The Liberty aero engine was developed in the United States between June and August 1917 as a standard type to be fitted to a variety of military aircraft. A modern high-powered aero engine was vital to the development of US military aviation following the entry of the USA into the First World War in April 1917. It was intended to be manufactured by automotive firms using existing materials and production methods with parts being interchangeable. About 15,500 were manufactured before the armistice.
The official account of the development process relates that the two engineers responsible for the design (J. Vincent and E. J. Hall) were "figuratively locked in a room in a Washington hotel." They had promised to come up with a design before a suitable imported engine could be shipped to the US. A team of draughtsmen produced the drawings and a completed eight-cylinder engine was rushed to Washington for Independence Day, 4 July 1917. By August 1917 the V12 engine, now designated the 'Liberty' had passed its service tests including a fifty hour continuous running trial on 25 August 1917. Hall had been a partner in the Hall-Scott firm and the Liberty design was similar to the Hall-Scott A-8 aero engine. Vincent worked for Packard. The Liberty was intended to be produced in four, six, eight and twelve-cylinder versions.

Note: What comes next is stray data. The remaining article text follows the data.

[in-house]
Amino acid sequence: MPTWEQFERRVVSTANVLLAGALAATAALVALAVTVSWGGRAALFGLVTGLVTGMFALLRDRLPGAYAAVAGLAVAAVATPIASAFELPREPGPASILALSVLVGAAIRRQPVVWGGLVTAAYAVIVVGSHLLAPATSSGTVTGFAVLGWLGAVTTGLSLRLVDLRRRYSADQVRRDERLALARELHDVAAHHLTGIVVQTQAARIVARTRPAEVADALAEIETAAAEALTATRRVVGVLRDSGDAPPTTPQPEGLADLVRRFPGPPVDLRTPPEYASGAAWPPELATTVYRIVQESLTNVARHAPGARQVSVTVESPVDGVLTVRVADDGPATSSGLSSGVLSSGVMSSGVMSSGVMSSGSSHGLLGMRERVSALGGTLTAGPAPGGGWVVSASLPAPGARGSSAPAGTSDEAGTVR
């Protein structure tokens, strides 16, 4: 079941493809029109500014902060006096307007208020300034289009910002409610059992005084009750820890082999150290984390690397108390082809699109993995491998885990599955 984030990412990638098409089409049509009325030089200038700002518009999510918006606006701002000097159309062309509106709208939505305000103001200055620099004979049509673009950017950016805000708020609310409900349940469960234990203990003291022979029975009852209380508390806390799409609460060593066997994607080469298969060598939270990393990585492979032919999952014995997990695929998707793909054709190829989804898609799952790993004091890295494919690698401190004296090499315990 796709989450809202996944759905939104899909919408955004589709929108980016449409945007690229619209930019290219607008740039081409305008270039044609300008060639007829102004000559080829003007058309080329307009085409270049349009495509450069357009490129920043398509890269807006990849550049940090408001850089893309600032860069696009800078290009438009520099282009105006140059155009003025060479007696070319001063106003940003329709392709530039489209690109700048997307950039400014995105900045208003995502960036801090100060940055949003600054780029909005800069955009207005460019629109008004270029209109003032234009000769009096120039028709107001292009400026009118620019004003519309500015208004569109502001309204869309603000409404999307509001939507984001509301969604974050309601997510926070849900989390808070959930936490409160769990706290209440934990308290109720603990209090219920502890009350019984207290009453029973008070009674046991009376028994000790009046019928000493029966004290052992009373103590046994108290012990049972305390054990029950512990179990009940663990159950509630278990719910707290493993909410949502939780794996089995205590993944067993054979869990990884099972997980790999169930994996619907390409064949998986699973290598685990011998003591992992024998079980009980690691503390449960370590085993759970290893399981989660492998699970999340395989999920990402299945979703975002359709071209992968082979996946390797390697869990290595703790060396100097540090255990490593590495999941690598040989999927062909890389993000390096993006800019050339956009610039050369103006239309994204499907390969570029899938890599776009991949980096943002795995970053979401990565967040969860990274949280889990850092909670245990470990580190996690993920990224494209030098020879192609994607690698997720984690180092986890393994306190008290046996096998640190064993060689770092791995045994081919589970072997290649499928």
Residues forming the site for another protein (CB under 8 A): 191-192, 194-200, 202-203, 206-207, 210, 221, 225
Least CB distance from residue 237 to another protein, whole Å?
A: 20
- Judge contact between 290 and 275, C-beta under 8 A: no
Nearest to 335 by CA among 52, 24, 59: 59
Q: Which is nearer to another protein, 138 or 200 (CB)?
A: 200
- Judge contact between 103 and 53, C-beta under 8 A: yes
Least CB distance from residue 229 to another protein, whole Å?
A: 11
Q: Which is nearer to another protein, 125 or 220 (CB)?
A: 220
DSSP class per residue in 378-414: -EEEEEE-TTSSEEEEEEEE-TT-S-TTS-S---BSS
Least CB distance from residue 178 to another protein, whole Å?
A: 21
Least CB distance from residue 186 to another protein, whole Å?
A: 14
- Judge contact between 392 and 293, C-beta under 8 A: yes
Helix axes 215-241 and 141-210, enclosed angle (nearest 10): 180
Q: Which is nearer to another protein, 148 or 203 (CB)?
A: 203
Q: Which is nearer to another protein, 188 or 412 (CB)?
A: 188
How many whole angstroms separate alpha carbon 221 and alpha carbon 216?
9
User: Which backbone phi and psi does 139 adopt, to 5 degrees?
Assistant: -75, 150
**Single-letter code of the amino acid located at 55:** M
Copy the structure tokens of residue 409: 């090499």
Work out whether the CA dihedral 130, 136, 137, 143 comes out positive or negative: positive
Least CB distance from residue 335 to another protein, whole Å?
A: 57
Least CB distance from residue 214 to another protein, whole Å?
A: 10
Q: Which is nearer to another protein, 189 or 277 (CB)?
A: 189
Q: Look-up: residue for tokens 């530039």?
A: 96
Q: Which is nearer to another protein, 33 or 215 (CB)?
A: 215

Around twelve factories produced parts for the Liberty engine. The design had incorporated the most proven materials and design features of several successful foreign aero engines such as the Mercedes, Rolls-Royce and Isotta-Fraschini. Ford and Packard were just two of the US motor industry firms which played a leading part in the standardization of Liberty components for mass-production. Aircraft types fitted with a Liberty engine included the US licence-built DH 4 light bomber, Curtiss H-16 flying boat and the twin engine Glenn Martin MB-1 bomber. Despite the intention to standardize aero engine production, a variety of different engines continued to be made and used in US military aircraft. In the post-war years, Liberty engines were adapted for use in racing cars and marine craft as well as tanks in which capacity it served into the Second World War.
The Liberty was not used in Australia until after 1918 when 29 Airco DH 9A aircraft fitted with Liberty engines were received as part of the British 'Imperial Gift' of aircraft, engines and equipment used to establish the Royal Australian Air Force. These DH9A aircraft were mostly based at Point Cook, Victoria.